This is a real key factor that has recently driven me to change the gym that I go to. Though I have a free membership at Cambourne, I chose to drive the extra distance to St Ives, and now Cambridge due to the environment of the gyms and how important I think that is.
For a more serious gym user / athlete a TV isn’t an essential piece of the gym, however most large gyms will have plenty of screens around the place and possibly every piece of cardio kit may have a screen. This encourages what I’ve heard described before as “zombies” but I prefer the hamster on the wheel. People who come into the gym with no motivation, inspiration or plan, so they jump on the cross trainer / bike / treadmill and just start watching the TV. Why not..? The TVs are right there in front of you… everyone else is doing it… exactly.
People just turn into these hamsters on the wheel, same time every week, same shows every week and they look the same every week. If you go to the gym to change the way you look, then you’re not going to be able to watch TV doing it. The hardest workouts I’ve done I’ve barely been able to see at the end of a tough interval let alone watch TV.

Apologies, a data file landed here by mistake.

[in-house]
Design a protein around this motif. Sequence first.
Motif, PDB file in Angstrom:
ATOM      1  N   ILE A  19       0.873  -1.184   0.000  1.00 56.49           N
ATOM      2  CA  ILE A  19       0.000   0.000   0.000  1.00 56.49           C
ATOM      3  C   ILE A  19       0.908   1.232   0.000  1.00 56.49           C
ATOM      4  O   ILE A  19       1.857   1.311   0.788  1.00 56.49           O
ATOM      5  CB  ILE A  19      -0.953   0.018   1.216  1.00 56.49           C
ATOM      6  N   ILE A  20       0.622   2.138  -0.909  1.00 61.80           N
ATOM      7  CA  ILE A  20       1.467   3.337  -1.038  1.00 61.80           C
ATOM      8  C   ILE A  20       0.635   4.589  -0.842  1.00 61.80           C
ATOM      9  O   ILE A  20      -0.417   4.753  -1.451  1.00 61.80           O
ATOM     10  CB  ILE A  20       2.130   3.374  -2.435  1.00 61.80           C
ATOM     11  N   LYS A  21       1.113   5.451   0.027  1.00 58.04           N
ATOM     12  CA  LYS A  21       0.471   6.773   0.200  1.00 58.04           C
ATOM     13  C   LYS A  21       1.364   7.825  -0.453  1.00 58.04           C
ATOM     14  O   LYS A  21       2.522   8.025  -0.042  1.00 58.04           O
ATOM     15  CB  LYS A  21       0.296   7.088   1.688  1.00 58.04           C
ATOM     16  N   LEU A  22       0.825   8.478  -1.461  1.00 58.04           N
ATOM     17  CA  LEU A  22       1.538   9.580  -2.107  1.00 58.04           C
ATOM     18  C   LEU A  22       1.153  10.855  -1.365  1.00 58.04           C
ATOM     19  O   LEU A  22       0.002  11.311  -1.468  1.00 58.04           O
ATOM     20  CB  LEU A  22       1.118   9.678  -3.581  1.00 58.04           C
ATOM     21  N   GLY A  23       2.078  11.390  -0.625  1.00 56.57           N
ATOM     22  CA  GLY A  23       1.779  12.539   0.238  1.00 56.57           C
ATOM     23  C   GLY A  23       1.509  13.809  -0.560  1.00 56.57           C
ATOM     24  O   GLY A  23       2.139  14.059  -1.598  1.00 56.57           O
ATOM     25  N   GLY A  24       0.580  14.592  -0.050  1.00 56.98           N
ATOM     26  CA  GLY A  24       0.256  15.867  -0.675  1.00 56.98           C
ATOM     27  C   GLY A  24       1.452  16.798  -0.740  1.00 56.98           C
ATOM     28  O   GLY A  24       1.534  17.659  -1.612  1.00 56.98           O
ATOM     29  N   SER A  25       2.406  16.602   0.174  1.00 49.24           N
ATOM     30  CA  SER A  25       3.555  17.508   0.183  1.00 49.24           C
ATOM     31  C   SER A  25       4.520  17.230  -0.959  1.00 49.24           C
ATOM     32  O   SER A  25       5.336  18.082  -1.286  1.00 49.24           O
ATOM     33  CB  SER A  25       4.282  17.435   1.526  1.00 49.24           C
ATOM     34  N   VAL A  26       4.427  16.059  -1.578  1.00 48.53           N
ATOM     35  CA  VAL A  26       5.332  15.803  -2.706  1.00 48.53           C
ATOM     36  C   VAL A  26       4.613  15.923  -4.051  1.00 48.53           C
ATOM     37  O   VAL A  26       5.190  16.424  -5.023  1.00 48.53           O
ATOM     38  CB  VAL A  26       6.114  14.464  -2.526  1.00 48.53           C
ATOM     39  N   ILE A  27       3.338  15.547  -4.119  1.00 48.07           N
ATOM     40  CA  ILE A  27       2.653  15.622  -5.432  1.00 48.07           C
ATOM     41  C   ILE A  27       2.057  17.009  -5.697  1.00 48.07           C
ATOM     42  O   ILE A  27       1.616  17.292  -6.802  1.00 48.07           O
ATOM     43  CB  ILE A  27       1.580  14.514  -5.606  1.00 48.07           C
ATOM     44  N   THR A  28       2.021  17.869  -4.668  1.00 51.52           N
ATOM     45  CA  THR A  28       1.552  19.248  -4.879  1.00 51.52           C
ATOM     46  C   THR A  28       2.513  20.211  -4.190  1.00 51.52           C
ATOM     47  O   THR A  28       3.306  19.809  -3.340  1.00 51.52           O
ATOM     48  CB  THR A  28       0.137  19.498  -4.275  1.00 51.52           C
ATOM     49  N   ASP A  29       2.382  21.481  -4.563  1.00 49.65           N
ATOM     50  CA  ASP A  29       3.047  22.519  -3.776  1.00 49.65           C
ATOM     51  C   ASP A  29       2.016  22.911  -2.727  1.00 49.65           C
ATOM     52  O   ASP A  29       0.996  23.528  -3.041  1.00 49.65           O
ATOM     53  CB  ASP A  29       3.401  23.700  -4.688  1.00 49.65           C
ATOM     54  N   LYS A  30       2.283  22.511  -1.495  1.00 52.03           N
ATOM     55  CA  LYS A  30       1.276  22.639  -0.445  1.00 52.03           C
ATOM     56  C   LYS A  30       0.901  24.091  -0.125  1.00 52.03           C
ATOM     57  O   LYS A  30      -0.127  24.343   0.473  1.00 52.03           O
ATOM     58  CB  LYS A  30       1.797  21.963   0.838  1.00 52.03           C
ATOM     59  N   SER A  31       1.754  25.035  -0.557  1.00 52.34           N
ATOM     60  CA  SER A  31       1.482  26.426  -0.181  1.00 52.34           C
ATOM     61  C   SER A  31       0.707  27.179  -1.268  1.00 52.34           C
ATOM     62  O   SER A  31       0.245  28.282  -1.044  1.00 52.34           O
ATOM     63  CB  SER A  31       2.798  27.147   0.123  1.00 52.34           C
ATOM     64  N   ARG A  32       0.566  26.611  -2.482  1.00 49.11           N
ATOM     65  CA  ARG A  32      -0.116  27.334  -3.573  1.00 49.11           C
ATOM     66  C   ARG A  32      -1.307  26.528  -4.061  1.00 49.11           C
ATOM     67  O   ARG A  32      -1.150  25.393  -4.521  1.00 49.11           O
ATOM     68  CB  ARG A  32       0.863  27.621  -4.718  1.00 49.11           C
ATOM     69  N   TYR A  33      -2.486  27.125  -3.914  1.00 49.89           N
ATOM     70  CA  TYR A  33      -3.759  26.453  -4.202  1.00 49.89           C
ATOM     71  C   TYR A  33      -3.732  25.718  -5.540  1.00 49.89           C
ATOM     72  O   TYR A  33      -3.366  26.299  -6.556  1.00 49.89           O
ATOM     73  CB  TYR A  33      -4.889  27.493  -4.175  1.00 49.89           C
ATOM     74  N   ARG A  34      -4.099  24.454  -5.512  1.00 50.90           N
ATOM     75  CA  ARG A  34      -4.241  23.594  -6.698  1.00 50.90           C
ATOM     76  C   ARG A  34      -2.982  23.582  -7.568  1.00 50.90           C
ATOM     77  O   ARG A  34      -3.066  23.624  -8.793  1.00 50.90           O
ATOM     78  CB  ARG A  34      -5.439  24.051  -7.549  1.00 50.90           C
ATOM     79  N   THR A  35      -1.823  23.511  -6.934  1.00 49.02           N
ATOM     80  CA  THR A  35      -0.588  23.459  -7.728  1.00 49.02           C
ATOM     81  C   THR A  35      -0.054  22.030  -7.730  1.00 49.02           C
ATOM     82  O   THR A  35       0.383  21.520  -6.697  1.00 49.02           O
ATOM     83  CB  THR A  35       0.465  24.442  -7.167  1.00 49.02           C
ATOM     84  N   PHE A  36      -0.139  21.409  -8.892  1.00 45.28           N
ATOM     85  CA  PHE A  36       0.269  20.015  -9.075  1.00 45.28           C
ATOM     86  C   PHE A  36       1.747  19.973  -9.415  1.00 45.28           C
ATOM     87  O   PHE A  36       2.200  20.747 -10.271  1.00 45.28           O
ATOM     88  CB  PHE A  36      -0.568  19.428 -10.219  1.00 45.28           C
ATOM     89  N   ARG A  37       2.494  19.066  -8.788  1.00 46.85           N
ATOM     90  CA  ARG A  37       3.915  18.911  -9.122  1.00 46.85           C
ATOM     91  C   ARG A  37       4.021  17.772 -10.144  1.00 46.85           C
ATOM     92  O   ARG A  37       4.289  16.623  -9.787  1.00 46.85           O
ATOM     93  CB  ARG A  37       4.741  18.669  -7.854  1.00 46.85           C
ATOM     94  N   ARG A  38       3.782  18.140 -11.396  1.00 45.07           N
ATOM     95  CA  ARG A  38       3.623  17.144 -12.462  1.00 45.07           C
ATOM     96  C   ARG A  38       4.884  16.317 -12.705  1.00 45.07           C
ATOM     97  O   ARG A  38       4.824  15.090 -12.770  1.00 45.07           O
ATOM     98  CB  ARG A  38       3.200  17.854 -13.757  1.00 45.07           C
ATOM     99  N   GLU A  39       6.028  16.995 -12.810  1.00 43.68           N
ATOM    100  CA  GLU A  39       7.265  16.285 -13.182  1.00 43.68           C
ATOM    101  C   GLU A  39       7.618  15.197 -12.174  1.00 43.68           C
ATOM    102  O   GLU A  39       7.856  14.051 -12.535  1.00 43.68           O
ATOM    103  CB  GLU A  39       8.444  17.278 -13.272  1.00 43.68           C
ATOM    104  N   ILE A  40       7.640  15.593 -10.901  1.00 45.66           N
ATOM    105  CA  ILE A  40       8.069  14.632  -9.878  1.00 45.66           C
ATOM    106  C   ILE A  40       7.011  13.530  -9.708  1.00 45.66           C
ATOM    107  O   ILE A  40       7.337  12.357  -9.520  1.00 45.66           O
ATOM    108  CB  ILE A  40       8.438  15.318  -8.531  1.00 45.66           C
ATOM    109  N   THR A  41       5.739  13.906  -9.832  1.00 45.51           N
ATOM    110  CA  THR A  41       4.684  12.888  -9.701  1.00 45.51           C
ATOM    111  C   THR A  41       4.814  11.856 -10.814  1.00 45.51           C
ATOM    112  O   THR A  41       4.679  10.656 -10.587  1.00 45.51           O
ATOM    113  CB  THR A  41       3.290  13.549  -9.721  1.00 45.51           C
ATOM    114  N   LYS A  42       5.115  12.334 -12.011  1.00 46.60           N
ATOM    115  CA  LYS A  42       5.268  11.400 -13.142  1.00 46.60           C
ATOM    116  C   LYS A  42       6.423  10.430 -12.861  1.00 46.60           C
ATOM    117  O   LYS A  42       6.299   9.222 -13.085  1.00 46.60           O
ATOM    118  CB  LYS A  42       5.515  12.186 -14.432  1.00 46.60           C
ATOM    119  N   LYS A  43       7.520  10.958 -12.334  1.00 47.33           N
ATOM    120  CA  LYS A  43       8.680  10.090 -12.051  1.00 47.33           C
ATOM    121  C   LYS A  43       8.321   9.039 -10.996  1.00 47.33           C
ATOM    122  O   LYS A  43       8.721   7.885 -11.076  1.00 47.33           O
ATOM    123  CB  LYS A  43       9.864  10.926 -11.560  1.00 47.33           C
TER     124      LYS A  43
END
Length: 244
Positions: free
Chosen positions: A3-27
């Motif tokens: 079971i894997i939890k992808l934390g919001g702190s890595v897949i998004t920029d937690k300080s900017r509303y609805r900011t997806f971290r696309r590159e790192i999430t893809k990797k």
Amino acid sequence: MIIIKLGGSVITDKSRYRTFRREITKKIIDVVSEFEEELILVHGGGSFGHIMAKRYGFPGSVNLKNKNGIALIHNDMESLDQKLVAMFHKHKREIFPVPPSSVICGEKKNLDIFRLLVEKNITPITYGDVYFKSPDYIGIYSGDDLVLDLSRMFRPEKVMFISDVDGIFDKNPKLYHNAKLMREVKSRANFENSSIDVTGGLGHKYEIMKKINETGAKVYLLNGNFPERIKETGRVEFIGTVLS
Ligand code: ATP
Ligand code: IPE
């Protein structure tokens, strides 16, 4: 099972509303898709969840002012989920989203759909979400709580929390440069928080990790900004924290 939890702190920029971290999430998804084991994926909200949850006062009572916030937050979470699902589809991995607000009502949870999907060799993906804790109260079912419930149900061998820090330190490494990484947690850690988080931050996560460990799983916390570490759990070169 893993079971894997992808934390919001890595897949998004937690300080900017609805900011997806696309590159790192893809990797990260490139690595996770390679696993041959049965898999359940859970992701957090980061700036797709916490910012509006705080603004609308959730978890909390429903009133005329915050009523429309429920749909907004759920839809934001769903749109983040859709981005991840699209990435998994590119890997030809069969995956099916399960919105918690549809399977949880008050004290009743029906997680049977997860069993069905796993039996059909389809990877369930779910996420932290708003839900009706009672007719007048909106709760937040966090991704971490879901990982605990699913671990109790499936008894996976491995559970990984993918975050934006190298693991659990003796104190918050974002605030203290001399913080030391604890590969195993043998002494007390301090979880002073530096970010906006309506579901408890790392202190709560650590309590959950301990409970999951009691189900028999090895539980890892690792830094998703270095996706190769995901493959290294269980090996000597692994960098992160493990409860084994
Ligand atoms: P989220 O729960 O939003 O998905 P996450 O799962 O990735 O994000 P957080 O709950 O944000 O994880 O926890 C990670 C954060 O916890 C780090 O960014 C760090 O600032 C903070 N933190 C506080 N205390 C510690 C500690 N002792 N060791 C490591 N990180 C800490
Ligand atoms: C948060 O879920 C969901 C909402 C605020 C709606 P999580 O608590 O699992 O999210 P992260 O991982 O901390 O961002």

A lot of this is due to the fact that we are sold a lie that duration is more important than intensity, and going to the gym more will get you more weight loss. The gym is happy to buy into this because the more time you spend in their facilities the more money you’ll spend in their facilities.
I’ve recently moved out of a gym which had lots of TVs and I’m now training at a facility where on my second day another member told me I couldn’t leave until I’d done a farmers walk with the 70kg dumbbells… It was awesome.
The average gym can be a scary experience for many people, especially if they’ve never been to one before. It’s often a big room, music pumping out, full of unfamiliar equipment with lycra-clad ‘regulars’ throwing their judging eyes around the room and don’t get me started on the young, ridiculously buff, unattainably hot personal trainers. (Tongue in cheek here, not talking about myself there, but I know it can be intimidating). Adverts and posters within the gym reinforce these images depicting a totally unrealistic view of your average gym user.